Assuntos
Herbicidas/toxicidade , Resíduos de Praguicidas/análise , Piridinas/toxicidade , Raphanus/química , Raphanus/efeitos dos fármacos , Sulfonamidas/toxicidade , Cromatografia Líquida , Cicloexanonas/farmacocinética , Cicloexanonas/toxicidade , Biomarcadores Ambientais , Epinefrina/análise , Mesilatos/farmacocinética , Mesilatos/toxicidade , Metaboloma , Normetanefrina/análise , Plantas Comestíveis/química , Plantas Comestíveis/efeitos dos fármacos , Piridinas/farmacocinética , Pirimidinas/toxicidade , Raphanus/metabolismo , Sulfonamidas/farmacocinética , Espectrometria de Massas em Tandem , Tiramina/análise
9.
J Environ Manage ; 280: 111749, 2021 Feb 15.
Artigo em Inglês | MEDLINE | ID: mdl-33309112

RESUMO

The novel HNO3-modifitied biochar (NBC) was synthesized from walnut shell. The NBC was characterized from scanning electron microscopy, Fourier transform infrared spectroscopy, X-ray diffraction, X-ray photoelectron spectroscopy and Raman spectrum. The NBC was then used in the adsorption of sulfadiazine, sulfamethazine and sulfachloropyridazine from aqueous solution. The material surface has carbon/oxygen-contained groups, which is benefit for the adsorption. The results showed the adsorption ability of NBC on three sulfonamides were 32, 46, and 40 mg g-1, respectively. The kinetic was found to follow the Elovich model and the isotherm conformed Freundlich. Adsorption was more favorable at weak acidic solution. The interactions mainly include π-π EDA, electrostatic interaction, Lewis acid-base interaction, hydrophobic interaction and H-bond.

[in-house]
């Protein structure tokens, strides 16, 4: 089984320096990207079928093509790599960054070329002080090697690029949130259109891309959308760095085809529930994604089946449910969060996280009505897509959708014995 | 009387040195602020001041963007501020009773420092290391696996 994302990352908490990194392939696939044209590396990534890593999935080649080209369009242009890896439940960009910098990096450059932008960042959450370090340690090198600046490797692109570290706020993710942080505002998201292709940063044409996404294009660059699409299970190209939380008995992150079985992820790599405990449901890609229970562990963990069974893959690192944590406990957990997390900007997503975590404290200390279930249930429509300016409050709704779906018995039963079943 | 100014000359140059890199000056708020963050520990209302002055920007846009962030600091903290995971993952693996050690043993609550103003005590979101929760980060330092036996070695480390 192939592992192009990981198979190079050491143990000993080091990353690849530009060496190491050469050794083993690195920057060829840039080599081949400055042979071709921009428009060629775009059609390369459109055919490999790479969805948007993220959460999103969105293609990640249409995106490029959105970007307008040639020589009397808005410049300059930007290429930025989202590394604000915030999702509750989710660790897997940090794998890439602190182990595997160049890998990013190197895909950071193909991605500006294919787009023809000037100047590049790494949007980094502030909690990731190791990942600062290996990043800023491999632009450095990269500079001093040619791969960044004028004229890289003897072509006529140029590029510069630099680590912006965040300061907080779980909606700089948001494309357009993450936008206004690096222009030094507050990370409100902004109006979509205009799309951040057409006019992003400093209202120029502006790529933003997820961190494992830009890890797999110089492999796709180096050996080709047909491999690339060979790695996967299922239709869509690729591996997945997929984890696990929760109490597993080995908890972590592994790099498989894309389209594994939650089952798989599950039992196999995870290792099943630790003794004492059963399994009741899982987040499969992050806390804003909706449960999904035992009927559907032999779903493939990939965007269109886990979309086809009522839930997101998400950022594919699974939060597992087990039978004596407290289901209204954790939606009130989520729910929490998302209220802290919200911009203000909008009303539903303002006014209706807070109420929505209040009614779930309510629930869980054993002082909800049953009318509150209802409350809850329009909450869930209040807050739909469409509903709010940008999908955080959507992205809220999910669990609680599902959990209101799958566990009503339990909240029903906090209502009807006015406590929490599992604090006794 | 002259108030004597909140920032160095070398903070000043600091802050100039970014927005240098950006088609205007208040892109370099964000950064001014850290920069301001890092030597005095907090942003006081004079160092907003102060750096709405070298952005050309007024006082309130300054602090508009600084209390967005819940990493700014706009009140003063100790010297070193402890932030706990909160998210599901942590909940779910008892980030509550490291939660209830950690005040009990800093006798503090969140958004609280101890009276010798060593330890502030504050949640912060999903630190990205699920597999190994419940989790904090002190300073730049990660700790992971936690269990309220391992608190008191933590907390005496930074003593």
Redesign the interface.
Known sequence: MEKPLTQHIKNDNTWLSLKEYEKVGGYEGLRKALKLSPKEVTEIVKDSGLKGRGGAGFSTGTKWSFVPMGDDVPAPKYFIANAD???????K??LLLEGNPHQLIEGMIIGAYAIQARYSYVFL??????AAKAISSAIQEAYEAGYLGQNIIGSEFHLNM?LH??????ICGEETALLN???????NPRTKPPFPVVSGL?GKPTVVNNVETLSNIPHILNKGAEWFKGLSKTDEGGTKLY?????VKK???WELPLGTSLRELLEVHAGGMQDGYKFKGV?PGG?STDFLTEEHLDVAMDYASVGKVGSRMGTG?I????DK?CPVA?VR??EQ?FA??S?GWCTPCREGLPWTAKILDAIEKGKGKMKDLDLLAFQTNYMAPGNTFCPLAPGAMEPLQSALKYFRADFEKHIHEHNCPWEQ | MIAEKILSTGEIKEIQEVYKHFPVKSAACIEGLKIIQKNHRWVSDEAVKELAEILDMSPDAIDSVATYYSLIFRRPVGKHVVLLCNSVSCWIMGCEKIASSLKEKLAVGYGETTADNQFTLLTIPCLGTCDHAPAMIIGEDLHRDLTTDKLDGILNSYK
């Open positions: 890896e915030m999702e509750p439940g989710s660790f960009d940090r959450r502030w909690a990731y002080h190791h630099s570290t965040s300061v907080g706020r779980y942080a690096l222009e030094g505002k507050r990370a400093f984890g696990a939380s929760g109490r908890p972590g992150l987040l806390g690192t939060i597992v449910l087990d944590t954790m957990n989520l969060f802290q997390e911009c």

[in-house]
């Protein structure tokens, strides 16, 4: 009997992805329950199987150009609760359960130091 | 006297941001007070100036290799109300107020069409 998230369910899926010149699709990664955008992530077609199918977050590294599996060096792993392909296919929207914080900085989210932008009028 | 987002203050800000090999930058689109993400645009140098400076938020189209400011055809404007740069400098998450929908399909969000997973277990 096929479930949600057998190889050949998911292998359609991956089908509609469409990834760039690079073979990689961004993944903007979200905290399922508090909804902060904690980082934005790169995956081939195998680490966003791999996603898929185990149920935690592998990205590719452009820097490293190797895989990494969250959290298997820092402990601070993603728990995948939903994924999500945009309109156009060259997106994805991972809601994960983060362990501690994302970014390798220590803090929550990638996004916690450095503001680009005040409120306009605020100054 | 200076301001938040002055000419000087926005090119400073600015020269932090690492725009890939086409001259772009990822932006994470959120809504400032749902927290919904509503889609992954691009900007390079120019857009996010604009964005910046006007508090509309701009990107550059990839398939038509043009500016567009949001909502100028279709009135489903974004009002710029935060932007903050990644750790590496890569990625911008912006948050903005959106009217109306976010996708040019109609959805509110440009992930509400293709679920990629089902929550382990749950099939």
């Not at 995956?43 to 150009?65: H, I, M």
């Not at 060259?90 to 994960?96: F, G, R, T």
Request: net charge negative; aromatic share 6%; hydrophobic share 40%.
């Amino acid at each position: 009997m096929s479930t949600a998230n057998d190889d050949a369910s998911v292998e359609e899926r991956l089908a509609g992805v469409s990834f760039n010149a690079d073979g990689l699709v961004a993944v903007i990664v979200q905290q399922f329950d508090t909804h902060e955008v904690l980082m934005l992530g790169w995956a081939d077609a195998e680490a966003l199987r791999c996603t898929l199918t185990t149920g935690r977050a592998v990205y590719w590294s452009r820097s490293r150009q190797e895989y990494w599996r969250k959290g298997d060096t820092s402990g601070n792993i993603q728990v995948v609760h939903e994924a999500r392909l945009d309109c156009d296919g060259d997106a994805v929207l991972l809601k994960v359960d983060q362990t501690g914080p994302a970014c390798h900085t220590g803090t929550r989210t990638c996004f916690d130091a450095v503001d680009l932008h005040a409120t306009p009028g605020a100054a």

Assuntos
Juglans , Poluentes Químicos da Água , Adsorção , Antibacterianos , Carvão Vegetal , Cinética , Espectroscopia de Infravermelho com Transformada de Fourier , Sulfonamidas , Poluentes Químicos da Água/análise
10.
Chemosphere ; 266: 129194, 2021 Mar.
Artigo em Inglês | MEDLINE | ID: mdl-33316476

RESUMO

The overuse of antibiotics and subsequent enrichment of antibiotic resistant microbes in the natural and built environments is a severe threat to global public health. In this study, a Phanerochaete chrysosporium fungal-luffa fiber system was found to efficiently biodegrade two sulfonamides, sulfadimethoxine (SDM) and sulfadizine (SDZ), in cow urine wastewater. Biodegradation pathways were proposed on the basis of key metabolites identified using high performance liquid chromatography coupled with quadrupole-time-of-flight mass spectrometry (HPLC-QqTOF-MS). Transcriptomic, metabolomic, and free radical analyses were performed to explore the functional groups and detailed molecular mechanisms of SDM and SDZ degradation. A total of 27 UniGene clusters showed significant differences between luffa fiber and luffa fiber-free systems, which were significantly correlated to cellulose catabolism, carbohydrate metabolism, and oxidoreductase activity. Carbohydrate-active enzymes and oxidoreductases appear to play particularly important roles in SDM and SDZ degradation. Electron paramagnetic resonance (EPR) spectroscopy revealed the generation and evolution of OH and R during the biodegradation of SDM and SDZ, suggesting that beyond enzymatic degradation, SDM and SDZ were also transformed through a free radical pathway. Luffa fiber also acts as a co-substrate to improve the activity of enzymes for the degradation of SDM and SDZ. This research provides a potential strategy for removing SDM and SDZ from agricultural and industrial wastewater using fungal-luffa fiber systems.